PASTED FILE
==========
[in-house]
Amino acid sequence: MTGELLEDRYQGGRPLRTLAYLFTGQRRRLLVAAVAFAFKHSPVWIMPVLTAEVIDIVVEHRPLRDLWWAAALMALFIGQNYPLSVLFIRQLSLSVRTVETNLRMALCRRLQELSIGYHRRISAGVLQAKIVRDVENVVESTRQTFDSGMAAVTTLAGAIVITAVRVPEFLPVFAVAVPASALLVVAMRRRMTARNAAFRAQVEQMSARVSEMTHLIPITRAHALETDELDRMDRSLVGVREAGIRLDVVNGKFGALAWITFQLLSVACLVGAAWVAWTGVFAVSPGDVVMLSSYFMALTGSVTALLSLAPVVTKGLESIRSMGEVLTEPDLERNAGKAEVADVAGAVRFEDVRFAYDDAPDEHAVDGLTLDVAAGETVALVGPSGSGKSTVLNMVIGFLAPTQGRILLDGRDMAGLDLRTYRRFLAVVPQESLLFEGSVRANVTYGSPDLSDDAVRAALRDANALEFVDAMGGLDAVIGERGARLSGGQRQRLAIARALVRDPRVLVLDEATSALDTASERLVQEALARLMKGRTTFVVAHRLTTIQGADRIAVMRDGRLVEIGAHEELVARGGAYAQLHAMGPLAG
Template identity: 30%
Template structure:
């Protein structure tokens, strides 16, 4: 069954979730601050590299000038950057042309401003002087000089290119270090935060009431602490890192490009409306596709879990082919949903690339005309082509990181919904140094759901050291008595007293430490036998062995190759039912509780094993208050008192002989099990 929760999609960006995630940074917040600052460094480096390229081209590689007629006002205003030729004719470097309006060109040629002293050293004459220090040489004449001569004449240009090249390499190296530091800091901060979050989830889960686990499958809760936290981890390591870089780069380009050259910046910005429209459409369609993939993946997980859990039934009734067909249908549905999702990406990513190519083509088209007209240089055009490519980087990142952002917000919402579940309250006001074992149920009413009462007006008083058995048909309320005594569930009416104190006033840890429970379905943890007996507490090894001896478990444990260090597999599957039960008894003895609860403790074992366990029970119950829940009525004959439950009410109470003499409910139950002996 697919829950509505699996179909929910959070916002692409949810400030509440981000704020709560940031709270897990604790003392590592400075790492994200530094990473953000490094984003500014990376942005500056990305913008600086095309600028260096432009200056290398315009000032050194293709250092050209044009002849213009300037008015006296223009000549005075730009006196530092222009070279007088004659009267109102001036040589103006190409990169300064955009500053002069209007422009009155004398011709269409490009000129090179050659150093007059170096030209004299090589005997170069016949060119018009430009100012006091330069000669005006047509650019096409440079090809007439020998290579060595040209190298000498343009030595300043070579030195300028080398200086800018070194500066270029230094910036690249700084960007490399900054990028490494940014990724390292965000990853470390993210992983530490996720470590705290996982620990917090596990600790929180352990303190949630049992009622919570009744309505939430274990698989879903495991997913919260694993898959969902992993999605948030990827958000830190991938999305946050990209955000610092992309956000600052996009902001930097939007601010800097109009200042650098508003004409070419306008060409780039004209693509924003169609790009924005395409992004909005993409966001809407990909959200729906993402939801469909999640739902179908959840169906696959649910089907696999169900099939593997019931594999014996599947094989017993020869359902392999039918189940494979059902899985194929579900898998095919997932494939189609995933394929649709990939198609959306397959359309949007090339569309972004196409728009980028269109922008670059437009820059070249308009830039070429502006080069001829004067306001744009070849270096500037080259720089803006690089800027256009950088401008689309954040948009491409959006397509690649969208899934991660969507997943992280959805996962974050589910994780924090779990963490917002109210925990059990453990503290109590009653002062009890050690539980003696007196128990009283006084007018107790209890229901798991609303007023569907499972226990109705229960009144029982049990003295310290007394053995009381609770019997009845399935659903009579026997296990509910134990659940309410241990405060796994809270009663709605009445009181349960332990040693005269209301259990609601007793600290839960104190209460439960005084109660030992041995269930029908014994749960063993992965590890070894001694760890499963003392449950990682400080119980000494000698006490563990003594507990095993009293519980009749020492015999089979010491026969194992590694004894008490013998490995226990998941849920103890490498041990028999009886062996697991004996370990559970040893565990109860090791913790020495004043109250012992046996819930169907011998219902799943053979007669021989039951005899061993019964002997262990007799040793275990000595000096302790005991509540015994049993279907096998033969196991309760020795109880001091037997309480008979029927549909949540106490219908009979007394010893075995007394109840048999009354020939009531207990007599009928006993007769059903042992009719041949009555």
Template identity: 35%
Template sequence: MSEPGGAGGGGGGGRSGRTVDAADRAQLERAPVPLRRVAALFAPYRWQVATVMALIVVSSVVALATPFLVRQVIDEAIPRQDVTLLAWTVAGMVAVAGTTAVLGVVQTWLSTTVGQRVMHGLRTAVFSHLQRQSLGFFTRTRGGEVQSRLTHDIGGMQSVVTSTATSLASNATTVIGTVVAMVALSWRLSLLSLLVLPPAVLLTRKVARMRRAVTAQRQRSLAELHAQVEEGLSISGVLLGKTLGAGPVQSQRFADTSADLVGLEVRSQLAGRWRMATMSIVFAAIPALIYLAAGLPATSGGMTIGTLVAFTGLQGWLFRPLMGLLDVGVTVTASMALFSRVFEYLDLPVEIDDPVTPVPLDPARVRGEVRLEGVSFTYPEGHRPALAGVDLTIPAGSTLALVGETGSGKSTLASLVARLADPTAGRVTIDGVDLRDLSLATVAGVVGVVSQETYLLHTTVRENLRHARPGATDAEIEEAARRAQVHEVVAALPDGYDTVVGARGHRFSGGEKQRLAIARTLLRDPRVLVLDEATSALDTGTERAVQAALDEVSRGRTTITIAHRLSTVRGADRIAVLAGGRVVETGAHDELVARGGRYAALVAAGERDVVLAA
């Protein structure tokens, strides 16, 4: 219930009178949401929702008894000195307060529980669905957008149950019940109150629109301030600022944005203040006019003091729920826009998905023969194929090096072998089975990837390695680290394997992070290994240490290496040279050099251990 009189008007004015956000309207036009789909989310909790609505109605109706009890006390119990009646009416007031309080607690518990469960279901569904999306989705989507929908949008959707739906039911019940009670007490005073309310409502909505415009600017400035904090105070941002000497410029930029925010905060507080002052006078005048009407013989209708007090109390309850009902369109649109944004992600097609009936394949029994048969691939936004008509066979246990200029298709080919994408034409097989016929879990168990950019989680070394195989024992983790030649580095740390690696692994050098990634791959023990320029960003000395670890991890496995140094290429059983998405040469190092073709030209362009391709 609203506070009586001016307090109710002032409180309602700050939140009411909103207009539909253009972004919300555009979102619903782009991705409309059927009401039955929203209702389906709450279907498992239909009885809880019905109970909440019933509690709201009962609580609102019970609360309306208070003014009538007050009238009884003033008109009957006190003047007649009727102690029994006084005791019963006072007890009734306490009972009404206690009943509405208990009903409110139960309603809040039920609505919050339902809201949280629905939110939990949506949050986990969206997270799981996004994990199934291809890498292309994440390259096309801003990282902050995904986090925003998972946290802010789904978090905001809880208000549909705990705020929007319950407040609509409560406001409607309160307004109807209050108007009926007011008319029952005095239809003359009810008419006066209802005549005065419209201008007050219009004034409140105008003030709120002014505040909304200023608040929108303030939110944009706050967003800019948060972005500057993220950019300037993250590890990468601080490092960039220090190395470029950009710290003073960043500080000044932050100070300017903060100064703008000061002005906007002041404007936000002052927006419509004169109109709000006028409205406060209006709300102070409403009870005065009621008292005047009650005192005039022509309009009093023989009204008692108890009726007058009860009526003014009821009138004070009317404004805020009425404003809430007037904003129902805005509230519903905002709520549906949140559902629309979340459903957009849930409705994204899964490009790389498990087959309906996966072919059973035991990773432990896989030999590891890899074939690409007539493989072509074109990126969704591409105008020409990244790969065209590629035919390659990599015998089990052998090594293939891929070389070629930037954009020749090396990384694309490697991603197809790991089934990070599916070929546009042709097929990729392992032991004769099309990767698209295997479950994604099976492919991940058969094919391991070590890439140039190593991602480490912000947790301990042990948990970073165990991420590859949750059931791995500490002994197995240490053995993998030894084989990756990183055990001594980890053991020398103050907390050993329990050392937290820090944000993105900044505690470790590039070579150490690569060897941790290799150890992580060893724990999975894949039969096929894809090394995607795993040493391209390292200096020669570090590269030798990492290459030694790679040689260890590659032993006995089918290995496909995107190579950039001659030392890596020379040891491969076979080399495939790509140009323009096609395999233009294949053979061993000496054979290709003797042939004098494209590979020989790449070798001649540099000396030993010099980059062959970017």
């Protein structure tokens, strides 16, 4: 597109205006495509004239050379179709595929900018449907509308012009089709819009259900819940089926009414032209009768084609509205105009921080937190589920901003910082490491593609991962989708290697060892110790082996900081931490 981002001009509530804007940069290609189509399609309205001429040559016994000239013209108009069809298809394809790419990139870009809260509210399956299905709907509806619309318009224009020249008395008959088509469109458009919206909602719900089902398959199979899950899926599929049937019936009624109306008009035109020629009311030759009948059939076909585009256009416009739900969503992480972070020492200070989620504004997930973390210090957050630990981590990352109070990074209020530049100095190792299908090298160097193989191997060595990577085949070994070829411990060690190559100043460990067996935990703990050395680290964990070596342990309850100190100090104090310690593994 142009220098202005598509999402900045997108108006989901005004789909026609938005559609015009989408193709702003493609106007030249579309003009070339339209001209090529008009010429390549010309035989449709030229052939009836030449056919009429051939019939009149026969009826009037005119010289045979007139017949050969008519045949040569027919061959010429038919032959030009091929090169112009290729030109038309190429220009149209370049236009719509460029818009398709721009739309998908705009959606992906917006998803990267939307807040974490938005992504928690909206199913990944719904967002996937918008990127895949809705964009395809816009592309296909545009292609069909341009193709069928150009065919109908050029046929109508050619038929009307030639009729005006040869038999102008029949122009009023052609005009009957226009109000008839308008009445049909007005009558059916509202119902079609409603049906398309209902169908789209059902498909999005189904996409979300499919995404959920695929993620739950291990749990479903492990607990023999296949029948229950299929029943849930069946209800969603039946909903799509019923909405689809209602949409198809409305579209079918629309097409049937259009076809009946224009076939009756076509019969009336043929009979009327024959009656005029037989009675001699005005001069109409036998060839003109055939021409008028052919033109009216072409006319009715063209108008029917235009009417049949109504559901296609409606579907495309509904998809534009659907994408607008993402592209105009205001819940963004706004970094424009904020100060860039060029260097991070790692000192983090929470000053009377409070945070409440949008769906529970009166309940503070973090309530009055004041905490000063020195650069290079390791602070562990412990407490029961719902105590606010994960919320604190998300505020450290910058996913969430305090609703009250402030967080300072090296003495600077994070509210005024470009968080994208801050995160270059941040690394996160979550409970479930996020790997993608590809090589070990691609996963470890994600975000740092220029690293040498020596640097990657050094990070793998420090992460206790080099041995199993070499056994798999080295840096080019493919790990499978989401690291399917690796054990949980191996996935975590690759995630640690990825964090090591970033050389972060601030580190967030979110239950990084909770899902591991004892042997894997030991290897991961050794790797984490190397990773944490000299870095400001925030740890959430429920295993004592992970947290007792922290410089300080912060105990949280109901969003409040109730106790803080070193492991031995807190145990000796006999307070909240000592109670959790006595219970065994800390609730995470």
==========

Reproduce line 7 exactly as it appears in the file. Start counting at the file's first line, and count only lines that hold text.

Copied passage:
Template sequence: MSEPGGAGGGGGGGRSGRTVDAADRAQLERAPVPLRRVAALFAPYRWQVATVMALIVVSSVVALATPFLVRQVIDEAIPRQDVTLLAWTVAGMVAVAGTTAVLGVVQTWLSTTVGQRVMHGLRTAVFSHLQRQSLGFFTRTRGGEVQSRLTHDIGGMQSVVTSTATSLASNATTVIGTVVAMVALSWRLSLLSLLVLPPAVLLTRKVARMRRAVTAQRQRSLAELHAQVEEGLSISGVLLGKTLGAGPVQSQRFADTSADLVGLEVRSQLAGRWRMATMSIVFAAIPALIYLAAGLPATSGGMTIGTLVAFTGLQGWLFRPLMGLLDVGVTVTASMALFSRVFEYLDLPVEIDDPVTPVPLDPARVRGEVRLEGVSFTYPEGHRPALAGVDLTIPAGSTLALVGETGSGKSTLASLVARLADPTAGRVTIDGVDLRDLSLATVAGVVGVVSQETYLLHTTVRENLRHARPGATDAEIEEAARRAQVHEVVAALPDGYDTVVGARGHRFSGGEKQRLAIARTLLRDPRVLVLDEATSALDTGTERAVQAALDEVSRGRTTITIAHRLSTVRGADRIAVLAGGRVVETGAHDELVARGGRYAALVAAGERDVVLAA